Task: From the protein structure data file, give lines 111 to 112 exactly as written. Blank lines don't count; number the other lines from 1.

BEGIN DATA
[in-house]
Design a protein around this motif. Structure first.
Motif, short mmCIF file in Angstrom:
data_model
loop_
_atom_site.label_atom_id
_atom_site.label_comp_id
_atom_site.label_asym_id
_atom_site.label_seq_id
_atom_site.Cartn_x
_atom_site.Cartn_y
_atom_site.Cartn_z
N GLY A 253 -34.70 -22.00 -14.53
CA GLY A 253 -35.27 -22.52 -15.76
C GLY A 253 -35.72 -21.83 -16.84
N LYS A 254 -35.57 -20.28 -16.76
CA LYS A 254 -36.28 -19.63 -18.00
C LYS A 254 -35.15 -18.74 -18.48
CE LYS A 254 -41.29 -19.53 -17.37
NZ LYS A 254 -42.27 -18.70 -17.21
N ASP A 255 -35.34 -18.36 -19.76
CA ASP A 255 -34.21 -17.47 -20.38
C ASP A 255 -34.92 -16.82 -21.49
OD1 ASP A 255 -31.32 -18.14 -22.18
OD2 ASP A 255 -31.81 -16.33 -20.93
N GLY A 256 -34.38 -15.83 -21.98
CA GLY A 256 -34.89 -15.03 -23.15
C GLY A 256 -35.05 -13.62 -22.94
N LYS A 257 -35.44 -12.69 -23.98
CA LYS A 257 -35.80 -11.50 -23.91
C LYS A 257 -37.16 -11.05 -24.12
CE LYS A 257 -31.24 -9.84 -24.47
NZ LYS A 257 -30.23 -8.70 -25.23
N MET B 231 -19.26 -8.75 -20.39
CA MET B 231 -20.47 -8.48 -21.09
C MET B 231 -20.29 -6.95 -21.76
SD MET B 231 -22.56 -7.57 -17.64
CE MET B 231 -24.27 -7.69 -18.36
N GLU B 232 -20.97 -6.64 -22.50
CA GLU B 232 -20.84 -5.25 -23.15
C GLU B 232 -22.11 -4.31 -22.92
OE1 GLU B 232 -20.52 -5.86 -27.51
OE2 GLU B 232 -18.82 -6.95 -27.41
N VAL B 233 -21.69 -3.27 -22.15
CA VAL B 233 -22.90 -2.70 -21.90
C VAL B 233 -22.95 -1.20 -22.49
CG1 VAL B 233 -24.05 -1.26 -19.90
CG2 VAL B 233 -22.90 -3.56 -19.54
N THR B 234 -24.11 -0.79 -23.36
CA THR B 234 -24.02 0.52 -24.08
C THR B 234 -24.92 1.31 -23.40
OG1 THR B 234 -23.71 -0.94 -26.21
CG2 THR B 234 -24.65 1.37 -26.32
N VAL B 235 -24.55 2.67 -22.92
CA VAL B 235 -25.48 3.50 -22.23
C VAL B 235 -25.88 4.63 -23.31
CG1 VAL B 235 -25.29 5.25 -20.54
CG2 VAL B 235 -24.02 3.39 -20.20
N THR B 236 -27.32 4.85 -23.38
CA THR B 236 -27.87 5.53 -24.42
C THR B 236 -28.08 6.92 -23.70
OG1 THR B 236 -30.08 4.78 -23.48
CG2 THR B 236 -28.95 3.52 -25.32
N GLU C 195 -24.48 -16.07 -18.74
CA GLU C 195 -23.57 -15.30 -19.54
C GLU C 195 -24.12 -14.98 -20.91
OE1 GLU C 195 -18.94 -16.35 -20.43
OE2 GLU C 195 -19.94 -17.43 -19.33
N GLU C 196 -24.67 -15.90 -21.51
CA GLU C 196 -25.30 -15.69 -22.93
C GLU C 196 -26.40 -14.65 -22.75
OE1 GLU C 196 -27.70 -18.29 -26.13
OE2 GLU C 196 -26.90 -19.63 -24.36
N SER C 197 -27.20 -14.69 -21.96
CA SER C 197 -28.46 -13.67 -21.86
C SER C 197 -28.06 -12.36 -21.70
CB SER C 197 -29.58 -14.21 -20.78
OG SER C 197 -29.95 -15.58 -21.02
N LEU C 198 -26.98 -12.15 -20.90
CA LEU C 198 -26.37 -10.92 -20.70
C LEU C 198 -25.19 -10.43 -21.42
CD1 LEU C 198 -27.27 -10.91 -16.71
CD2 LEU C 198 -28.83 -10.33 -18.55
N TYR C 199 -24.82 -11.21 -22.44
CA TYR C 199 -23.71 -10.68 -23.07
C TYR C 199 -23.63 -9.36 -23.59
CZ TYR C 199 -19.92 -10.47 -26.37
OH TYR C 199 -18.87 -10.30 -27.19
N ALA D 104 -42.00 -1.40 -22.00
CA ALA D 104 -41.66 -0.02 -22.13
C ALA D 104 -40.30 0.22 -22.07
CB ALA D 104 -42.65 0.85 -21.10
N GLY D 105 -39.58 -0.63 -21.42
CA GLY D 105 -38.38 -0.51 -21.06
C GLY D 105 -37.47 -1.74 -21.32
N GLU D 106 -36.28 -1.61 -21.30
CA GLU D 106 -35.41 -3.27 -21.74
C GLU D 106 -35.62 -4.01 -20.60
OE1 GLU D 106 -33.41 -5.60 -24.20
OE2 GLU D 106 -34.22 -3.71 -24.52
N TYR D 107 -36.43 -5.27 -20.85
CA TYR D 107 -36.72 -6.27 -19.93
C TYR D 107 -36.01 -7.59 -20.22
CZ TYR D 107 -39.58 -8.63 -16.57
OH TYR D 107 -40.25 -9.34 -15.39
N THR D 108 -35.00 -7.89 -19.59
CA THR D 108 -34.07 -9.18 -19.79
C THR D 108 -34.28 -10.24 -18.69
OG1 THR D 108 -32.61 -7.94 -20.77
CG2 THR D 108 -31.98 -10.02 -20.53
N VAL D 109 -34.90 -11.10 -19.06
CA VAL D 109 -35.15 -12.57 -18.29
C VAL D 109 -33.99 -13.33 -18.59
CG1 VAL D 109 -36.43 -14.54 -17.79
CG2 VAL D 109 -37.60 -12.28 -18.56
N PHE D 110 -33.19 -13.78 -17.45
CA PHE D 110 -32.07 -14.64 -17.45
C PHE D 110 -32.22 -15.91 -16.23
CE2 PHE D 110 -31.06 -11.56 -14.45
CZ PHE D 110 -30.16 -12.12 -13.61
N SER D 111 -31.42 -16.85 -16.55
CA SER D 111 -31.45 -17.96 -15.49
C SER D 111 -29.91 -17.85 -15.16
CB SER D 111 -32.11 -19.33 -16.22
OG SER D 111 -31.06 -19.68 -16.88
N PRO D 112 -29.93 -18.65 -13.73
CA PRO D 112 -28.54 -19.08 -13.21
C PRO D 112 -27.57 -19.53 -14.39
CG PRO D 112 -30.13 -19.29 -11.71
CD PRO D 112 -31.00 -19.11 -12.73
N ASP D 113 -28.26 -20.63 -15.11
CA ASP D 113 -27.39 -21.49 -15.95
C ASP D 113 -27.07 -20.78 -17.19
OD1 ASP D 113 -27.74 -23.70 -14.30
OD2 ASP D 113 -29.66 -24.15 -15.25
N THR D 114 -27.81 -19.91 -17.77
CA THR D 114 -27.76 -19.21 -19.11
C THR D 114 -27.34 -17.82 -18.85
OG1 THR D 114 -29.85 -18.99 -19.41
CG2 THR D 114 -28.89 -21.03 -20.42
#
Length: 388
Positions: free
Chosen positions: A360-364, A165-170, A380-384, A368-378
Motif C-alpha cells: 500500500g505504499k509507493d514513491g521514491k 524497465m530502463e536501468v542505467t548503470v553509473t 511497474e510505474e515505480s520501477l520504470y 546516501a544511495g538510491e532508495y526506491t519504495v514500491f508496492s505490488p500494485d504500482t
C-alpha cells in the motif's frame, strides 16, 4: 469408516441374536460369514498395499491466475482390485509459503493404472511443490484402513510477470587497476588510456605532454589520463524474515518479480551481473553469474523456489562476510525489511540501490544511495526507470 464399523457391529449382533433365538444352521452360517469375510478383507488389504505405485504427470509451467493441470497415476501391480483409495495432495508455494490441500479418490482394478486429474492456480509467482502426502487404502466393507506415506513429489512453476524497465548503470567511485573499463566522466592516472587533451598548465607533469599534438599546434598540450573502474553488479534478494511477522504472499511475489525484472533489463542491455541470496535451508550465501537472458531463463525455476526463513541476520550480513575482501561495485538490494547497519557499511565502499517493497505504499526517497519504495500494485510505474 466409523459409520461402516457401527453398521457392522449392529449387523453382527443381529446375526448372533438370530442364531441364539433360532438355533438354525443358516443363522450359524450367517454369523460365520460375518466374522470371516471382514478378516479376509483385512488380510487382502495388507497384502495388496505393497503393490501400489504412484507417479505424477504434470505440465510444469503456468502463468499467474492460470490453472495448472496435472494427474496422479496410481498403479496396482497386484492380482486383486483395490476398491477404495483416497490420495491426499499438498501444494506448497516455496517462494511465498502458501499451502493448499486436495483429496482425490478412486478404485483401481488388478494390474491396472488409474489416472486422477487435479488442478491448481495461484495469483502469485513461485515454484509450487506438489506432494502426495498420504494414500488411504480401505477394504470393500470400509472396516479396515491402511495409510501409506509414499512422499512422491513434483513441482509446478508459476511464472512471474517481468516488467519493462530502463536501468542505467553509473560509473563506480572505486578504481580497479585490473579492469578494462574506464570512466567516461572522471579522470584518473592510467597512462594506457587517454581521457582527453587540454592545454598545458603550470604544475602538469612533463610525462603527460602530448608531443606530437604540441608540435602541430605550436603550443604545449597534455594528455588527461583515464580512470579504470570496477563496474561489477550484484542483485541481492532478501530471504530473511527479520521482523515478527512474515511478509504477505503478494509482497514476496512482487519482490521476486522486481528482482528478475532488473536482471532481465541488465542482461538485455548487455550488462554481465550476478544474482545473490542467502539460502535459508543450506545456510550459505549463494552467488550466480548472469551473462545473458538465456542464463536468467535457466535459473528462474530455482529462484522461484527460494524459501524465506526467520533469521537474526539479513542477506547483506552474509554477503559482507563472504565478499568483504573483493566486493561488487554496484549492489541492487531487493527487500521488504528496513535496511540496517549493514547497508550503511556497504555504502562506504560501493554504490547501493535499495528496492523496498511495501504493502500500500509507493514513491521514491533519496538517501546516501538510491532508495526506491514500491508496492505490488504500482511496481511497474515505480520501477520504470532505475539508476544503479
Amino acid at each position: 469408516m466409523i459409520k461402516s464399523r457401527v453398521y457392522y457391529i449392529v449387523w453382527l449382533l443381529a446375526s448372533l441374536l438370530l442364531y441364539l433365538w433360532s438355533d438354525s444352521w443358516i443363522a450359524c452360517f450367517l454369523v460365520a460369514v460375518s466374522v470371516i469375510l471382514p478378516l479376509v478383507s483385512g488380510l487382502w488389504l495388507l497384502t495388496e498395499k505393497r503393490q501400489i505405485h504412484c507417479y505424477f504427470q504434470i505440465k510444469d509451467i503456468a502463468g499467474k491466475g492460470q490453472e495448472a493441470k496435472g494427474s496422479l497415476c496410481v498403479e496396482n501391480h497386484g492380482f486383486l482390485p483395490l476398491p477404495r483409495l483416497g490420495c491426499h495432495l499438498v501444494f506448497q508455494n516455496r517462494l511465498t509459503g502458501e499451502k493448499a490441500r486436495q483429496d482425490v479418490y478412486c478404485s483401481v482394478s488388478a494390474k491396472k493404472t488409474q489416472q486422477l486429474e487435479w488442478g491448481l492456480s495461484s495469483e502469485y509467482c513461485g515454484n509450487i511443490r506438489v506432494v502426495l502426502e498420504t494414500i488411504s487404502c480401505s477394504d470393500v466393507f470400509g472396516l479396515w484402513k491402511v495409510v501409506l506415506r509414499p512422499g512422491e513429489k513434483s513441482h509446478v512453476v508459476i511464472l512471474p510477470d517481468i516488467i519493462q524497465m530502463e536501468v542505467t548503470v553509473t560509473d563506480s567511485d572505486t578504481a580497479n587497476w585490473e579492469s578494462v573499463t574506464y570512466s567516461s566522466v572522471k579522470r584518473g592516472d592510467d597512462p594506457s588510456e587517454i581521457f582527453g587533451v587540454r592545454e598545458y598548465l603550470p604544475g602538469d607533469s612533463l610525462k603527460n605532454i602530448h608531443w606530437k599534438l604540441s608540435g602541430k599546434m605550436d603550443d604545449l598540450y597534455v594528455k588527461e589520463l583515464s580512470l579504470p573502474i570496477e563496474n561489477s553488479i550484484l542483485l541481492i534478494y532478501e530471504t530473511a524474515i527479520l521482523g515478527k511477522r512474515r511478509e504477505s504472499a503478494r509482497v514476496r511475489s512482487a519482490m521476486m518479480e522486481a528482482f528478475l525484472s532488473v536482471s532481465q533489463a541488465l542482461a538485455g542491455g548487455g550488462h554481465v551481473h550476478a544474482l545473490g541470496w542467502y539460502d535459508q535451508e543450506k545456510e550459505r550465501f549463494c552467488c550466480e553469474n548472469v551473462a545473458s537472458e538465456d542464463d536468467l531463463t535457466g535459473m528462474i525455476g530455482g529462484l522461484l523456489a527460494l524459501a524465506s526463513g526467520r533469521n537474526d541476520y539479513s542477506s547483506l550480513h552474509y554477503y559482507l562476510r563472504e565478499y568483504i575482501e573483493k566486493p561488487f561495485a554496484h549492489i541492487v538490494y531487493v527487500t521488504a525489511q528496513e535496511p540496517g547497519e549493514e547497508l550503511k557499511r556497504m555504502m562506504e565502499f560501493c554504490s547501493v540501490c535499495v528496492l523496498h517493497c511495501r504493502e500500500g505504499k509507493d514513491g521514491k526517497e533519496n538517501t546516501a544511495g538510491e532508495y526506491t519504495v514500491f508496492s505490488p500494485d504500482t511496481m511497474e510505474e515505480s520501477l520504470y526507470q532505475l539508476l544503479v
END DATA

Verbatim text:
N VAL D 109 -34.90 -11.10 -19.06
CA VAL D 109 -35.15 -12.57 -18.29